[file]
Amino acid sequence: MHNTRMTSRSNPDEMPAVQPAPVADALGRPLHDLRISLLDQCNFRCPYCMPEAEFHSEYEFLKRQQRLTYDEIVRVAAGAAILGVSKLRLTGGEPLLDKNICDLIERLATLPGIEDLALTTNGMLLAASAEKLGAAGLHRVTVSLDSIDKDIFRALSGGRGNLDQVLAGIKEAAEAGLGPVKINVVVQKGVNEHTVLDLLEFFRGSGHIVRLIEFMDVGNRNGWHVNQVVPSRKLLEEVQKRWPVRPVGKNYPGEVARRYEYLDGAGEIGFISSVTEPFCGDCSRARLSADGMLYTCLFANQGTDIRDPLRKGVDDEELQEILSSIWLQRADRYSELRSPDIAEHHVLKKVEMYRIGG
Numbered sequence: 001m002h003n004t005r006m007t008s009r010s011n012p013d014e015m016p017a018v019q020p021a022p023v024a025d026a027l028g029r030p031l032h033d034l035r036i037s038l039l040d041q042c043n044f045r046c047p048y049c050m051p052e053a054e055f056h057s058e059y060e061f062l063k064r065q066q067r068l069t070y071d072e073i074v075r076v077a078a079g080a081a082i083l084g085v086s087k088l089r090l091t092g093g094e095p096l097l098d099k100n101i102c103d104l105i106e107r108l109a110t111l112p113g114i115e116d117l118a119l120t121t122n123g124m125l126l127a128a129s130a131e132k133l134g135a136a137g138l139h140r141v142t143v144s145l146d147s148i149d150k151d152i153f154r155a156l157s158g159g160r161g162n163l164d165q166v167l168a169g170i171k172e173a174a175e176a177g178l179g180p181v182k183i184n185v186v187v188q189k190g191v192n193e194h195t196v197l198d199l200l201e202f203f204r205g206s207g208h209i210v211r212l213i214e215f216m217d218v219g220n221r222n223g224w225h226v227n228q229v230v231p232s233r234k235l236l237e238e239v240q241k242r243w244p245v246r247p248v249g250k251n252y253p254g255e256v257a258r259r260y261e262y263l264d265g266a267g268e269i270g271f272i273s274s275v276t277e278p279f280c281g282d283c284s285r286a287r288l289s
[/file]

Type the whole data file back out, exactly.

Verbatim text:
Amino acid sequence: MHNTRMTSRSNPDEMPAVQPAPVADALGRPLHDLRISLLDQCNFRCPYCMPEAEFHSEYEFLKRQQRLTYDEIVRVAAGAAILGVSKLRLTGGEPLLDKNICDLIERLATLPGIEDLALTTNGMLLAASAEKLGAAGLHRVTVSLDSIDKDIFRALSGGRGNLDQVLAGIKEAAEAGLGPVKINVVVQKGVNEHTVLDLLEFFRGSGHIVRLIEFMDVGNRNGWHVNQVVPSRKLLEEVQKRWPVRPVGKNYPGEVARRYEYLDGAGEIGFISSVTEPFCGDCSRARLSADGMLYTCLFANQGTDIRDPLRKGVDDEELQEILSSIWLQRADRYSELRSPDIAEHHVLKKVEMYRIGG
Numbered sequence: 001m002h003n004t005r006m007t008s009r010s011n012p013d014e015m016p017a018v019q020p021a022p023v024a025d026a027l028g029r030p031l032h033d034l035r036i037s038l039l040d041q042c043n044f045r046c047p048y049c050m051p052e053a054e055f056h057s058e059y060e061f062l063k064r065q066q067r068l069t070y071d072e073i074v075r076v077a078a079g080a081a082i083l084g085v086s087k088l089r090l091t092g093g094e095p096l097l098d099k100n101i102c103d104l105i106e107r108l109a110t111l112p113g114i115e116d117l118a119l120t121t122n123g124m125l126l127a128a129s130a131e132k133l134g135a136a137g138l139h140r141v142t143v144s145l146d147s148i149d150k151d152i153f154r155a156l157s158g159g160r161g162n163l164d165q166v167l168a169g170i171k172e173a174a175e176a177g178l179g180p181v182k183i184n185v186v187v188q189k190g191v192n193e194h195t196v197l198d199l200l201e202f203f204r205g206s207g208h209i210v211r212l213i214e215f216m217d218v219g220n221r222n223g224w225h226v227n228q229v230v231p232s233r234k235l236l237e238e239v240q241k242r243w244p245v246r247p248v249g250k251n252y253p254g255e256v257a258r259r260y261e262y263l264d265g266a267g268e269i270g271f272i273s274s275v276t277e278p279f280c281g282d283c284s285r286a287r288l289s